Mobile consular services also exist, although the legal framework regulating them is not public. From personal communication with consular employees, it can be assumed that a state secretary-level decree provides the legal background for such services. In practice, mobile consular services are to be found occasionally in countries with a large Hungarian population (neighbouring countries, USA, Canada, Australia), and the focus of these services is to assist in citizenship applications. Thus, these services are primarily helpful for Hungarians abroad without Hungarian citizenship, and not for emigrant nationals.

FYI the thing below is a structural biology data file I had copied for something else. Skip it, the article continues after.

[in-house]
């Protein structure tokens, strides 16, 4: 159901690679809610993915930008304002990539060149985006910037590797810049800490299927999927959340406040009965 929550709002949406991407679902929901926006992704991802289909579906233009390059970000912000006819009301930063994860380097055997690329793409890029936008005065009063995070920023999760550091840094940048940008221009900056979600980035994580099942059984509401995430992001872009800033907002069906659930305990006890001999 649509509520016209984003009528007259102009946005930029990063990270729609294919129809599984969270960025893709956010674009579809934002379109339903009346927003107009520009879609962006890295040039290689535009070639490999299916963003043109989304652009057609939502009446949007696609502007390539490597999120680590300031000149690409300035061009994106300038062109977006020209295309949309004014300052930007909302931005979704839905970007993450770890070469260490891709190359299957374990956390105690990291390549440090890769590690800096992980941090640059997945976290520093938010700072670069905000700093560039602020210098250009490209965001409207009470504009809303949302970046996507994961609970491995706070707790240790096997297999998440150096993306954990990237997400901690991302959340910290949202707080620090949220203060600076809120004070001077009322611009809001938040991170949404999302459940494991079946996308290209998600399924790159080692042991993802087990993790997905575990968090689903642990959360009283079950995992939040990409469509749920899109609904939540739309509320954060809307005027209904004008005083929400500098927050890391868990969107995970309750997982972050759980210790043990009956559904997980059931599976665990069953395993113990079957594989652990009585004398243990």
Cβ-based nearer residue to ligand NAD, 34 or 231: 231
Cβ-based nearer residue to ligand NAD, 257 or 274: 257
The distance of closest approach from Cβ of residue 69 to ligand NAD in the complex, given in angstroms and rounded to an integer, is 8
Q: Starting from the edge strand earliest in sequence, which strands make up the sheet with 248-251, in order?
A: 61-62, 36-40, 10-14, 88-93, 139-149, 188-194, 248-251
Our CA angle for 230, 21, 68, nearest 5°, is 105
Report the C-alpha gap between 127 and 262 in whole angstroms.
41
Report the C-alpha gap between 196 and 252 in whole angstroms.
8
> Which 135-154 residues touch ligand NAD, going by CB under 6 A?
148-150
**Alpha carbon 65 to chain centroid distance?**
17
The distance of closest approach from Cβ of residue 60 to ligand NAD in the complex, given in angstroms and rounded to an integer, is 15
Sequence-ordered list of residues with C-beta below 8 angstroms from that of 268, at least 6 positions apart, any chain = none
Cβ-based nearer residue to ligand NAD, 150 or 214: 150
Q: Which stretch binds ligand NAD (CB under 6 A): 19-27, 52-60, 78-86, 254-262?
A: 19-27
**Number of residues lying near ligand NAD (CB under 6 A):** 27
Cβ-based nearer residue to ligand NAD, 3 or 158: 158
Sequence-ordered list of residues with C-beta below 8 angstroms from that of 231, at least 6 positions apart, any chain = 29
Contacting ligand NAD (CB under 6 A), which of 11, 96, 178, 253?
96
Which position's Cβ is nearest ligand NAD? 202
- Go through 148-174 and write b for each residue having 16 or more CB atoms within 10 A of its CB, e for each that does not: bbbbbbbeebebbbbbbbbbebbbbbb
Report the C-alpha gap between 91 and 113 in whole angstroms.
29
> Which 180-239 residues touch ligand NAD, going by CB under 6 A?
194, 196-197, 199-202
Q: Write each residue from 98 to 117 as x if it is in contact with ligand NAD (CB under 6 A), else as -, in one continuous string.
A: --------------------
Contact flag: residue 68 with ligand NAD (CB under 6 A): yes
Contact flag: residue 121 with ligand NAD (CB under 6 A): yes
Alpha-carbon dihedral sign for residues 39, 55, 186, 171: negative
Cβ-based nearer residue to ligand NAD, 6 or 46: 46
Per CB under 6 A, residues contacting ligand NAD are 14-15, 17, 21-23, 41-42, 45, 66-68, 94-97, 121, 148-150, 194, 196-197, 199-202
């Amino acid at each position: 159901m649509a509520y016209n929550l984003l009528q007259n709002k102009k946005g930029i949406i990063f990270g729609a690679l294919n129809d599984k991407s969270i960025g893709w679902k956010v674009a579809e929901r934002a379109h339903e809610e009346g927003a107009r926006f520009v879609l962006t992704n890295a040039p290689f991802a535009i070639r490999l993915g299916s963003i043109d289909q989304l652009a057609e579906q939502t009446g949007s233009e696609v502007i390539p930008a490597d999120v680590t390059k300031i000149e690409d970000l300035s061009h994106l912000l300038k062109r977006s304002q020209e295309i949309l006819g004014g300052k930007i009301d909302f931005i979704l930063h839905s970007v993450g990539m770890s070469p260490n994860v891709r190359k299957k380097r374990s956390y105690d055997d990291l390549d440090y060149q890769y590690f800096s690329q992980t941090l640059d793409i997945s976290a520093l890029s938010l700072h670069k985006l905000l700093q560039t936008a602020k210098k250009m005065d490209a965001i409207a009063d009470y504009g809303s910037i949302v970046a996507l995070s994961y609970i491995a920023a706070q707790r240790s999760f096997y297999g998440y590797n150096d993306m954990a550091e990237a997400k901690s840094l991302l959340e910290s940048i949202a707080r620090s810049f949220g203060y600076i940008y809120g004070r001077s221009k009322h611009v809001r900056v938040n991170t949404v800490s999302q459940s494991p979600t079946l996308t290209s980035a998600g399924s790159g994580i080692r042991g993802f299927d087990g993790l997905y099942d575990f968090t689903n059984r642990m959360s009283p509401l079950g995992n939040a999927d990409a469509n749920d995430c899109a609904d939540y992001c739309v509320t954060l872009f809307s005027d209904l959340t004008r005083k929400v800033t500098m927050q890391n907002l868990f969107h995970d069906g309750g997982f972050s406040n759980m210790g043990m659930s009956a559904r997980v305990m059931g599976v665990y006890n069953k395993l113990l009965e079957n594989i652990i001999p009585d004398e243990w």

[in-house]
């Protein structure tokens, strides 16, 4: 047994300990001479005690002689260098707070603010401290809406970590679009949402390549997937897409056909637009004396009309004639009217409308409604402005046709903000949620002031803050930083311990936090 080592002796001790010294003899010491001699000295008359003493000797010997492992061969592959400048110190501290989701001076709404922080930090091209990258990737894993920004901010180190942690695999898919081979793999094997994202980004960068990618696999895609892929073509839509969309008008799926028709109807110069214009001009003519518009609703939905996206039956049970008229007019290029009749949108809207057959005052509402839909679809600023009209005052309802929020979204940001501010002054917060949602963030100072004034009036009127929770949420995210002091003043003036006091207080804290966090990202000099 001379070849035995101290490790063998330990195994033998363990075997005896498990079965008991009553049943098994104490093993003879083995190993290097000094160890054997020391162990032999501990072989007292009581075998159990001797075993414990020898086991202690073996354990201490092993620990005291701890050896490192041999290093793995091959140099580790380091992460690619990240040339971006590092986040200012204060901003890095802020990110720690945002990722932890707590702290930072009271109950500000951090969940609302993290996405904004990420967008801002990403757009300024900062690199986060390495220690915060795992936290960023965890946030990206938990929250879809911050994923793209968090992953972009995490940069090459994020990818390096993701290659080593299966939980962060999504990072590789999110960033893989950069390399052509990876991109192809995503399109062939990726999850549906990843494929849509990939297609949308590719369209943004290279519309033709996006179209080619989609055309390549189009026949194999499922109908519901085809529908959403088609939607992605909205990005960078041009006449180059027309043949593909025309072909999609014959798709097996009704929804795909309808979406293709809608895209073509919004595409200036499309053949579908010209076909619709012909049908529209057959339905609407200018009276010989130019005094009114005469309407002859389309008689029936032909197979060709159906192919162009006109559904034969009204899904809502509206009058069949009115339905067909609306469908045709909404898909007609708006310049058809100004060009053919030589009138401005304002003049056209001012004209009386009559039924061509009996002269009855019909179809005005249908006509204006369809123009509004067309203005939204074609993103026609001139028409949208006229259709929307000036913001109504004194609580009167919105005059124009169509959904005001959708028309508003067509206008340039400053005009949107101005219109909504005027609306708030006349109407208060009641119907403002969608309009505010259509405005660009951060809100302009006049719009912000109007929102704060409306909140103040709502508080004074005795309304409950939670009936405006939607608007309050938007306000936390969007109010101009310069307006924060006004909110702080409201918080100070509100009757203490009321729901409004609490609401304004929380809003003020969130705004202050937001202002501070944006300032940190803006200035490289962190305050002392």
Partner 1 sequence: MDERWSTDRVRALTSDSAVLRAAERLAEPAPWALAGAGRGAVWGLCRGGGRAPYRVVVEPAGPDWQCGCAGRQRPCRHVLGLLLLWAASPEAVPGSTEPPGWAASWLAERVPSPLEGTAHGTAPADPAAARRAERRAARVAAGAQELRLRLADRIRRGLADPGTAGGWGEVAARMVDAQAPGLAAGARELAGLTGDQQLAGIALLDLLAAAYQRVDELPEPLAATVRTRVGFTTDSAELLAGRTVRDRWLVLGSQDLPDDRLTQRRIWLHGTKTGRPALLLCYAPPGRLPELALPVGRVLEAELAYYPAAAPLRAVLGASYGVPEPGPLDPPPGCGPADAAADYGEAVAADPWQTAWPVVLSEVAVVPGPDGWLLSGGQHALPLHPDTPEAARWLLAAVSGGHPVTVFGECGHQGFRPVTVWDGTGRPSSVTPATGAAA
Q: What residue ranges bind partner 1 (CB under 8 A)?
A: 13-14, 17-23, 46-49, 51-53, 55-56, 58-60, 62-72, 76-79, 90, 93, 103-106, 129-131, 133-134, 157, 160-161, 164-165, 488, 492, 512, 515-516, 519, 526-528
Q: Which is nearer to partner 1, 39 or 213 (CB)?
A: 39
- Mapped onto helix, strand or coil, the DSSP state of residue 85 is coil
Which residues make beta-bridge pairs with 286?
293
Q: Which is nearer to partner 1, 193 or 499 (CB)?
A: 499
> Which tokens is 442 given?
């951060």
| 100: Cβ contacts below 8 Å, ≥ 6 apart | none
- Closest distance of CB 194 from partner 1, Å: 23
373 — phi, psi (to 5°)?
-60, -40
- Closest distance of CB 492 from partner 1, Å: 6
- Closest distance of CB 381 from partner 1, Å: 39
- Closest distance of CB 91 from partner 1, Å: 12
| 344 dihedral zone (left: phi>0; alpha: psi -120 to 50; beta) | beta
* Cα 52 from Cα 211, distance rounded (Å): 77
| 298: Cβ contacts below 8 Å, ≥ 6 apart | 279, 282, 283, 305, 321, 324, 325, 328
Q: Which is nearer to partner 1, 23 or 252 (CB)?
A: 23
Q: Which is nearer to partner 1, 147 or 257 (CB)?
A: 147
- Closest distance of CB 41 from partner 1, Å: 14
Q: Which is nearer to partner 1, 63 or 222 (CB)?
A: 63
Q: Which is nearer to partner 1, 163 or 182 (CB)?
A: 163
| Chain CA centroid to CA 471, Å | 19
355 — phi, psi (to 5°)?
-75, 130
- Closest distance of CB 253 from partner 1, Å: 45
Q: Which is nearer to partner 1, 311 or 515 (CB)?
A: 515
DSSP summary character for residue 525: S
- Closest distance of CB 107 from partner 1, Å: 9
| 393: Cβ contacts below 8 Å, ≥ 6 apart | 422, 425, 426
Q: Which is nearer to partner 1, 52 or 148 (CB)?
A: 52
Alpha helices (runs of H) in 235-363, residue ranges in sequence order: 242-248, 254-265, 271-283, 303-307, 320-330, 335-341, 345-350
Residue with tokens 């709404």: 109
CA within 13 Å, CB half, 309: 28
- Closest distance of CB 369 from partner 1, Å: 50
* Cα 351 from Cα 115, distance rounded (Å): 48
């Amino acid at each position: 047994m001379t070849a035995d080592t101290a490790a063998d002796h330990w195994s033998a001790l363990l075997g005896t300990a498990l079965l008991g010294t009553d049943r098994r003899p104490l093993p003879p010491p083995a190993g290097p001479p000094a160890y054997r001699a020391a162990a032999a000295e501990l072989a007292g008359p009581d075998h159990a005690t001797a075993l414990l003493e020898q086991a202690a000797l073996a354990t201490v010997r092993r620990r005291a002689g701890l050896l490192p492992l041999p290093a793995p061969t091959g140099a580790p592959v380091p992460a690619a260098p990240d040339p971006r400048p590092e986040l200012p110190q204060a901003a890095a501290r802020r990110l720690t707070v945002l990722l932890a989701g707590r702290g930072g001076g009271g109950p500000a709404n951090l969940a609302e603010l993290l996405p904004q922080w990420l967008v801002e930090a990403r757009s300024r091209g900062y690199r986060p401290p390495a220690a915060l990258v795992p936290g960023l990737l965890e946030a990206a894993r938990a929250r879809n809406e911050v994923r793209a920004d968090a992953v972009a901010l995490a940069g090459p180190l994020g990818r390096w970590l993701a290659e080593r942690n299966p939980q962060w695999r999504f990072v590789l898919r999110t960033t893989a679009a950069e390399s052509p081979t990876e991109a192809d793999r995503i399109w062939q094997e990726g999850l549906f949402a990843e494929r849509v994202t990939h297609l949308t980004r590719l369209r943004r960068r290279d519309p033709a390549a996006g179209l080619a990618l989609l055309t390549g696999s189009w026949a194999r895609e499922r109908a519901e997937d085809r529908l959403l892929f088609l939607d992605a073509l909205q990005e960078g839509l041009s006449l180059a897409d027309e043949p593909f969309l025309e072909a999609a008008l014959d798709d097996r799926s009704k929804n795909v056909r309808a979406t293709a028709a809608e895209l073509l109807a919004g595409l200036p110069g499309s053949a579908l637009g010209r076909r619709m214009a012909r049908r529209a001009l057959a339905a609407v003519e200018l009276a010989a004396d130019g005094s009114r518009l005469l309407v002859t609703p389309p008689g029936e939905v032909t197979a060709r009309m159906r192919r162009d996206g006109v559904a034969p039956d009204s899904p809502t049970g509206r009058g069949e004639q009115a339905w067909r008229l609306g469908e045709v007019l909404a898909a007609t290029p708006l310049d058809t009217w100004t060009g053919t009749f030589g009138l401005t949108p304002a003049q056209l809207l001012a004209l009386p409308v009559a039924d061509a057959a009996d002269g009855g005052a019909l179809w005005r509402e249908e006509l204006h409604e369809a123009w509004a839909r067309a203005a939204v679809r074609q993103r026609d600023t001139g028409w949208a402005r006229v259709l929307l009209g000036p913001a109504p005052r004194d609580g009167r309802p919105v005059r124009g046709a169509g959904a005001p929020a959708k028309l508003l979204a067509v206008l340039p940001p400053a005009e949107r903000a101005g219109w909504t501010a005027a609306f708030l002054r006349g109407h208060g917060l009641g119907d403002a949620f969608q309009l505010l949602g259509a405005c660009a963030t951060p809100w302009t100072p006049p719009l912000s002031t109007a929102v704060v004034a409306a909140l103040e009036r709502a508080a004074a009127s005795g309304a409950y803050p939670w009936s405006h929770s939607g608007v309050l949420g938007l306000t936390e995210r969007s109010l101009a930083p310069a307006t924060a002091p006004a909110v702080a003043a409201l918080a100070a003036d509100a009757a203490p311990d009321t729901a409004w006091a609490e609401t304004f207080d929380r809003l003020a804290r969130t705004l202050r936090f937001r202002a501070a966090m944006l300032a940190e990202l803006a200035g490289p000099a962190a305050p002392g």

The State Secretariat for Hungarian Communities Abroad (Nemzetpolitikai Államtitkárság) within the Prime Minister’s Office is in charge with engaging with Hungarians abroad. It coordinates the relations between Hungarian authorities and Hungarian communities abroad and manages the support that the Hungarian state grants for Hungarian communities abroad. In this case, ‘Hungarians abroad’ (külhoni magyarok, which translates as ‘Hungarians in the external homeland’) refer to Hungarian minority communities in the neighbouring countries, and established older Hungarian diaspora groups in the West, regardless of whether or not the members of these communities have Hungarian citizenship. The concept of Hungarians abroad is included in Hungary’s Constitution. Article D of the Fundamental Law states that “Hungary shall bear responsibility for the fate of Hungarians living beyond its borders, shall facilitate the survival and development of their communities, shall support their efforts to preserve their Hungarian identity, the effective use of their individual and collective rights, the establishment of their community self-governments, and their prosperity in their native lands, and shall promote their cooperation with each other and with Hungary”.Footnote 6 The State Secretariat does not deal extensively with recent emigrants’ affairs; the only exemption is the increasing support of Hungarian Sunday schools in the newly emerging Hungarian communities in Western Europe and other places.